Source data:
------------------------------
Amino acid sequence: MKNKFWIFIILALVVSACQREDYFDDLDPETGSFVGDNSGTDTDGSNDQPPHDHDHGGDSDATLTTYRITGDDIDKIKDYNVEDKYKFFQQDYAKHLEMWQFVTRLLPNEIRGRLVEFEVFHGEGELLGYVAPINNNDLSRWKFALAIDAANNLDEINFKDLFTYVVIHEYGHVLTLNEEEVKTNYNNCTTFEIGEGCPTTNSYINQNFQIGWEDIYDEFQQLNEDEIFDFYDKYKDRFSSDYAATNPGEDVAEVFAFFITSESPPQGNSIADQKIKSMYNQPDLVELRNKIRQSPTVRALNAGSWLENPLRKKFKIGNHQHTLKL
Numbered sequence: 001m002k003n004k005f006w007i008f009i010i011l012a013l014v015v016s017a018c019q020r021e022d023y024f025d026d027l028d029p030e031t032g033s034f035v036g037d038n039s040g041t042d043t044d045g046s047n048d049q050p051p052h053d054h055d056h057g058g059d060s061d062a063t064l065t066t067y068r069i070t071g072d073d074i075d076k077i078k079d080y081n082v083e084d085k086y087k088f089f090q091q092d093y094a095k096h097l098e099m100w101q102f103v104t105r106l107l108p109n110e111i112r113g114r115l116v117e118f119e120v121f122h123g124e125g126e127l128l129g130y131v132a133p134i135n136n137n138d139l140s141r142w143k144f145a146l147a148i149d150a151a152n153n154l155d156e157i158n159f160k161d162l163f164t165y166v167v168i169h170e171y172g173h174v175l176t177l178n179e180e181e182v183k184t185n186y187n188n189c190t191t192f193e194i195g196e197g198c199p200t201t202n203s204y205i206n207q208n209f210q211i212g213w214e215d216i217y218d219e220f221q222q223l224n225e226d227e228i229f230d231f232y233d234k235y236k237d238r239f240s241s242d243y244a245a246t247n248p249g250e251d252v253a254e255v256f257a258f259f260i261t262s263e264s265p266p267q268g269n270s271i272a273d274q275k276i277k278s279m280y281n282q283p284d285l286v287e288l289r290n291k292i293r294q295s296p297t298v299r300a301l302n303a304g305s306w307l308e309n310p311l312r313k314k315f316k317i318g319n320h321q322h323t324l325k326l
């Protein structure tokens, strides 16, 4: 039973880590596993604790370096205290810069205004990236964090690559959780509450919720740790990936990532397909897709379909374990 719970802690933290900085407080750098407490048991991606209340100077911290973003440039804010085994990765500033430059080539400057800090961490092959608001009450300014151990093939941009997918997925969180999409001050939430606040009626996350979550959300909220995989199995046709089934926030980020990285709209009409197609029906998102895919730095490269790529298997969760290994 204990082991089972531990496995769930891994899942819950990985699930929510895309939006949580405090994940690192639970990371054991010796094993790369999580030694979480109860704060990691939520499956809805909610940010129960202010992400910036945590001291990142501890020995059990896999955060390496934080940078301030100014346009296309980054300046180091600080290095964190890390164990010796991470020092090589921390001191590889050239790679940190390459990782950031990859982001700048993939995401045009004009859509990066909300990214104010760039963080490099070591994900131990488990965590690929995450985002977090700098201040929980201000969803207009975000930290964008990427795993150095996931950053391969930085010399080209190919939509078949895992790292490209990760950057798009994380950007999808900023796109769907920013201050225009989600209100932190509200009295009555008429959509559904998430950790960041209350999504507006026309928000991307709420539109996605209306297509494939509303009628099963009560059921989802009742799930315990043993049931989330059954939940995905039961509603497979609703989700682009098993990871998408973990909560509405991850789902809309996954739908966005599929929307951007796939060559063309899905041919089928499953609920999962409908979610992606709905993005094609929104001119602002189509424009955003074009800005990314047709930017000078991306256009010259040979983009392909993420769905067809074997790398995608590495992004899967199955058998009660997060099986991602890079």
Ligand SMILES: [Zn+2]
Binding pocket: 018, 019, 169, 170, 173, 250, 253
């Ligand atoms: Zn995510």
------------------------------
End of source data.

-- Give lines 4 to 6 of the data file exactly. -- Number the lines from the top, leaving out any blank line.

Ligand SMILES: [Zn+2]
Binding pocket: 018, 019, 169, 170, 173, 250, 253
């Ligand atoms: Zn995510």